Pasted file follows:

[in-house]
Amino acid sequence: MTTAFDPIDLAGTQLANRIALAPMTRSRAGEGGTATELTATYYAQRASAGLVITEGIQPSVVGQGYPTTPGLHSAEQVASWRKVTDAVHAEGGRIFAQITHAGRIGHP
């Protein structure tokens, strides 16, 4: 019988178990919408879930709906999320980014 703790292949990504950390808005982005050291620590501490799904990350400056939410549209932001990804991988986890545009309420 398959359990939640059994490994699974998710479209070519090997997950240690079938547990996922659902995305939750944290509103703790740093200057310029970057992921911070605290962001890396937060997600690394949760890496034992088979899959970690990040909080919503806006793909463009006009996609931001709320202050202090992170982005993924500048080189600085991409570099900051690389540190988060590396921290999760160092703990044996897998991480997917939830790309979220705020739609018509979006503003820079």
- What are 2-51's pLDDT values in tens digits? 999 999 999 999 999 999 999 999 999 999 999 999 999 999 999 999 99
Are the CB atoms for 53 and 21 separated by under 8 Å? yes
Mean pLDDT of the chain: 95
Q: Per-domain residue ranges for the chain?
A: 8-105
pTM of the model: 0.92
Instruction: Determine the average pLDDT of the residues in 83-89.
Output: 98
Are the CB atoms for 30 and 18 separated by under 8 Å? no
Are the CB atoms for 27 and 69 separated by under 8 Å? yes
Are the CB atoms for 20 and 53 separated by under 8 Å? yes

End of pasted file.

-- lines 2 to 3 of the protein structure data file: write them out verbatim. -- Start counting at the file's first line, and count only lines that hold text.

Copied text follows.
Amino acid sequence: MTTAFDPIDLAGTQLANRIALAPMTRSRAGEGGTATELTATYYAQRASAGLVITEGIQPSVVGQGYPTTPGLHSAEQVASWRKVTDAVHAEGGRIFAQITHAGRIGHP
């Protein structure tokens, strides 16, 4: 019988178990919408879930709906999320980014 703790292949990504950390808005982005050291620590501490799904990350400056939410549209932001990804991988986890545009309420 398959359990939640059994490994699974998710479209070519090997997950240690079938547990996922659902995305939750944290509103703790740093200057310029970057992921911070605290962001890396937060997600690394949760890496034992088979899959970690990040909080919503806006793909463009006009996609931001709320202050202090992170982005993924500048080189600085991409570099900051690389540190988060590396921290999760160092703990044996897998991480997917939830790309979220705020739609018509979006503003820079």